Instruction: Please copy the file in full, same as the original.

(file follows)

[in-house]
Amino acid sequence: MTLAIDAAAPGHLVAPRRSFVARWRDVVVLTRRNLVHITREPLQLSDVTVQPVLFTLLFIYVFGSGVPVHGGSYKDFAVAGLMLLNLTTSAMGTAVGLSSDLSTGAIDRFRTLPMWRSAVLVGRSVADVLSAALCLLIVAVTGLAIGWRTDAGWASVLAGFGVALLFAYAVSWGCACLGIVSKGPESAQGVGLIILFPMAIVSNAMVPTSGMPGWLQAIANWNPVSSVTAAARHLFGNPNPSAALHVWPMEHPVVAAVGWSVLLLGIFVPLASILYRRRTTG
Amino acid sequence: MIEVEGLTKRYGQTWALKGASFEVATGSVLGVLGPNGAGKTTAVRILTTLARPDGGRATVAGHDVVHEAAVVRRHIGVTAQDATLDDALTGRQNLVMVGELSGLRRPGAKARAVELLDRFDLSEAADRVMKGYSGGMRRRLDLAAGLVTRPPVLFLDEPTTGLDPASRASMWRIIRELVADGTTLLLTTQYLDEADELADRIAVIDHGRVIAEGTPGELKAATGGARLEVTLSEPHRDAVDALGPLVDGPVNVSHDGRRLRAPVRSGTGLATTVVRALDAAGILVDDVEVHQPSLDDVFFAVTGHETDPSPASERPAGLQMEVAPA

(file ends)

[in-house]
Amino acid sequence: MTLAIDAAAPGHLVAPRRSFVARWRDVVVLTRRNLVHITREPLQLSDVTVQPVLFTLLFIYVFGSGVPVHGGSYKDFAVAGLMLLNLTTSAMGTAVGLSSDLSTGAIDRFRTLPMWRSAVLVGRSVADVLSAALCLLIVAVTGLAIGWRTDAGWASVLAGFGVALLFAYAVSWGCACLGIVSKGPESAQGVGLIILFPMAIVSNAMVPTSGMPGWLQAIANWNPVSSVTAAARHLFGNPNPSAALHVWPMEHPVVAAVGWSVLLLGIFVPLASILYRRRTTG
Amino acid sequence: MIEVEGLTKRYGQTWALKGASFEVATGSVLGVLGPNGAGKTTAVRILTTLARPDGGRATVAGHDVVHEAAVVRRHIGVTAQDATLDDALTGRQNLVMVGELSGLRRPGAKARAVELLDRFDLSEAADRVMKGYSGGMRRRLDLAAGLVTRPPVLFLDEPTTGLDPASRASMWRIIRELVADGTTLLLTTQYLDEADELADRIAVIDHGRVIAEGTPGELKAATGGARLEVTLSEPHRDAVDALGPLVDGPVNVSHDGRRLRAPVRSGTGLATTVVRALDAAGILVDDVEVHQPSLDDVFFAVTGHETDPSPASERPAGLQMEVAPA